8 Garden Resolutions To Plan For Now
For 2017, the resolutions “eat healthier, exercise regularly and do something good for the planet” can all be achieved by one thing: growing as much of our diet as we can in our own backyards. At Common Ground Garden, we use GROW BIOINTENSIVE® (GB) farming, which allows us to grow a complete vegan diet with the necessary nutrients and calories, in a small area (two to six times the yield per square foot as a conventional farm). The GB system is also healthy for the environment, as it can build soil up to 60 times faster than in nature, whereas conventional agriculture results in a loss of soil, and it uses 67%–88% less water. Since we do everything by hand, especially loosening the soil, we end up getting a lot of good exercise too!
The elements of the GB system are summarized in the following eight principles. (See our Farmer’s Mini-Handbook and “How to Grow More Vegetables” at GrowBiointensive.org for more details).
1. Deep Soil Preparation: Healthy veggies need healthy roots and healthy roots need healthy soil. “Ideal soil structure has both pore space for air and water to move freely and soil particles that hold together nicely.” To accomplish this we use the double-digging technique to loosen the soil down to 24 inches.
2. Composting: A fundamental aspect of running a sustainable garden is building compost. Aside from returning nutrients to the soil, amending with compost improves soil structure, buffers high or low soil pH, holds moisture in the soil and sequesters carbon from the atmosphere. We use a balance of “mature” and “immature” materials from the garden (kitchen scraps should make up a small portion of the pile).
3. Intensive Planting: For 40 years Ecology Action has been experimenting to find the optimal spacing between veggies to achieve the highest food yield, using “hexagonal spacing.” Planting in permanent vegetable beds using this method, rather than rows, allows you to grow much more food per square foot. Also, intensively spaced plants shade the soil more completely and act as a “living mulch,” keeping the ground cooler and reducing evaporation by creating a microclimate (requiring less water!).
4. Companion Planting: Different plants growing near each other interact and can help create a mini-ecosystem. In the classic “three sisters” planting, corn is grown to provide a pole for beans, which add nitrogen to the soil, while squash does OK with a bit of shade and covers the soil. Other plants can be added to attract predator insects to eat pests from companion veggies and also pollinate them.
5. Carbon and Calorie Farming: The GB system is sustainable because all of our compost material is grown in the garden. To achieve this we grow summer and winter grains, with a nice stalk, and bulky compost crops, like favas, as a significant portion of the garden. The winter is a great time to do this: We can fill the garden with wheat, rye and fava beans and these crops also feed us. In summer this works with flour, corn, amaranth and quinoa.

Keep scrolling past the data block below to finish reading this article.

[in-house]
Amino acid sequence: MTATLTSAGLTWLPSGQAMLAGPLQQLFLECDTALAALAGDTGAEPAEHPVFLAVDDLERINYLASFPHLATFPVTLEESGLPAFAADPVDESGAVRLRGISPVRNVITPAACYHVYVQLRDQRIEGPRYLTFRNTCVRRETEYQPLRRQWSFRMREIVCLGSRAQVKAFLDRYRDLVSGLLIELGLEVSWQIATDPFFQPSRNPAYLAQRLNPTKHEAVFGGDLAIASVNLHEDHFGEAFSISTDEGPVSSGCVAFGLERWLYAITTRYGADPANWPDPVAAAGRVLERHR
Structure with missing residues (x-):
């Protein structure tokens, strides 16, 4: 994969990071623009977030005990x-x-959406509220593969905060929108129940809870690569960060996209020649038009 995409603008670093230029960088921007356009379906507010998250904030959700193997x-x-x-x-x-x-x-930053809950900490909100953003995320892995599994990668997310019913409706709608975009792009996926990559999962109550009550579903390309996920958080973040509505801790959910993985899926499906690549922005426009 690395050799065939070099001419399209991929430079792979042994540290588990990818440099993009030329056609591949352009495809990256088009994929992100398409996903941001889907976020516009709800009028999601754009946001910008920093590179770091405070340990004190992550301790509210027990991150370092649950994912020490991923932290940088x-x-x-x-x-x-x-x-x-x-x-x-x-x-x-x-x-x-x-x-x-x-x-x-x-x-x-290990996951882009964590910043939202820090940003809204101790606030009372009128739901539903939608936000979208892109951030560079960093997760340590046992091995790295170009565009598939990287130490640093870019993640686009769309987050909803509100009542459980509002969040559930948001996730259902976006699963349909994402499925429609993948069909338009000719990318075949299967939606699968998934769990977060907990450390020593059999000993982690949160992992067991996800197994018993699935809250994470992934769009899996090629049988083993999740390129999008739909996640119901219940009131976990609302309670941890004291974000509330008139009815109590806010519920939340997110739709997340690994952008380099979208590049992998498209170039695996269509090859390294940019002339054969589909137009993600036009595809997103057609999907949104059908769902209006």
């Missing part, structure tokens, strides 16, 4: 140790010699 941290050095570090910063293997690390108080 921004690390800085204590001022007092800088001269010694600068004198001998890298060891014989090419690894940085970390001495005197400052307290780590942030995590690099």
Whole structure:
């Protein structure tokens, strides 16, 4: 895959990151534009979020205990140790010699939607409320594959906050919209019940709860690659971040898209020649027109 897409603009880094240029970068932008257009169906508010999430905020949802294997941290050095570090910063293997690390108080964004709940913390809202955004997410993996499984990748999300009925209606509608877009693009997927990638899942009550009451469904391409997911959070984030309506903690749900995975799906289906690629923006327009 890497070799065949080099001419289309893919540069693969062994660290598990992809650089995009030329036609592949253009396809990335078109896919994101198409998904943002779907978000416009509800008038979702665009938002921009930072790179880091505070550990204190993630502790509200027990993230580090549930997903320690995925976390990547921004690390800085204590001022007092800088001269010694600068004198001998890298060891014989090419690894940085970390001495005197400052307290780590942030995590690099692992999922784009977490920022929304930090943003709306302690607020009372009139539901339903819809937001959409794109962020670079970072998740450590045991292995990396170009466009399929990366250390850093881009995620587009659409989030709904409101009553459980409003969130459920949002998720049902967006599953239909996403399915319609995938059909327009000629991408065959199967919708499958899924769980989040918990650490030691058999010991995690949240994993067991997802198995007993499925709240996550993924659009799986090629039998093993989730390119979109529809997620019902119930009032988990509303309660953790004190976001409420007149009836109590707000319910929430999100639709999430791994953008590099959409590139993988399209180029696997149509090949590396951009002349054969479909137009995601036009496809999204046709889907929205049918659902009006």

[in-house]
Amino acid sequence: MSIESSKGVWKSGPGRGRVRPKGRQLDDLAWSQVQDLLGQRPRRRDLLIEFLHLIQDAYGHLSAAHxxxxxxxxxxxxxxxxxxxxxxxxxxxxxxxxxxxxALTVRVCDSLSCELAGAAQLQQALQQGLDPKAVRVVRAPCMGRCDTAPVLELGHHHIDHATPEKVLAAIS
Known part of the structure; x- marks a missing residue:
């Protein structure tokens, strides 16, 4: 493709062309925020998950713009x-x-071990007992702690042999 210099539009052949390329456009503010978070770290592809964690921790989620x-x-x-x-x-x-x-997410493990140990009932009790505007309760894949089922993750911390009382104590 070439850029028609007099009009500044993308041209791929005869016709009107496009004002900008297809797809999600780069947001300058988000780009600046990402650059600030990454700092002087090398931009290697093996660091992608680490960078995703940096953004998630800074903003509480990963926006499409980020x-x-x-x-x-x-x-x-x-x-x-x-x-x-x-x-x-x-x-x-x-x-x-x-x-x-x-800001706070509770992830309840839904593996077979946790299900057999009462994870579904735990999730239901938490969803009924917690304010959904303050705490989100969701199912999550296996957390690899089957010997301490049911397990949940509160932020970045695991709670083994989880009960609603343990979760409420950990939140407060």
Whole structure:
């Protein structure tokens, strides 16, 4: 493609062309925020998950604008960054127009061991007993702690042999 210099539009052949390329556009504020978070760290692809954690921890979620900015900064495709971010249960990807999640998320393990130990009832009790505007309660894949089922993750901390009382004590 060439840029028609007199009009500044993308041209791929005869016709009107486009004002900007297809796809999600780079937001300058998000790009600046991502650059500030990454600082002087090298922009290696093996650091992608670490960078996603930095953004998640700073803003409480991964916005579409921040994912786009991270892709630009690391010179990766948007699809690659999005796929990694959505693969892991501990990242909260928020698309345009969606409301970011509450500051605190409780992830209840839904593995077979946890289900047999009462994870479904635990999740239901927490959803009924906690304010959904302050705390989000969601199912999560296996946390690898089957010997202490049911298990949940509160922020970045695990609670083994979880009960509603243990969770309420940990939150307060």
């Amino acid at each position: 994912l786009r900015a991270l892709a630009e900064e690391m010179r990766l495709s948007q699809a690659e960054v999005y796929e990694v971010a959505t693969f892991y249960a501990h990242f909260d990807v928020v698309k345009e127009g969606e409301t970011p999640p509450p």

6. High-Calorie Farming: The goal is to “grow a complete diet in the smallest possible area.” To help us grow enough calories, we use the 60-30-10 rule to divide up our garden—60% grains, 30% “special root crops” and 10% lower-calorie/high-vitamin vegetables. The 30% crops include potatoes and sweet potatoes and allow us to grow a lot of calories in a small area—up to 20 times more calories per unit of area and time compared with wheat!
7. Open-Pollinated Seeds: To “maximize seed production and quality and preserve genetic diversity,” we only use open-pollinated seeds. We want to be able to save seeds to adapt veggie varieties to our local climate and we want to be as self-sufficient as possible, not relying on seed vendors. For instance, we cannot save hybrid seeds because they do not produce “true to type” off spring (the genes get mixed up).
8. The Whole-System Approach: For our garden to be sustainable—while feeding us and the soil, for the foreseeable future—all eight principles must be used in tandem. Leaving one out, like composting, could lead to the depletion of our soil or someone else’s (if we import compost). Or, to leave out calorie farming could result in an incomplete diet. GB hopes to achieve “a thriving mini-ecosystem that sustains itself and its farmers.”
Want help getting started on your new resolution? Common Ground Garden is a sustainable demonstration garden in South Palo Alto with a mission to teach everyone to grow soil, food and people sustainably. Check out our Saturday classes on a variety of sustainable gardening topics, or show up to a volunteer session (Wednesdays from 10am to noon) where you can learn aspects of this farming method hands-on. Common Ground also runs education programs for the local preschool, high school and grade school, and donates fresh produce to the South and Downtown Palo Alto Food Closets. CommonGroundGarden.org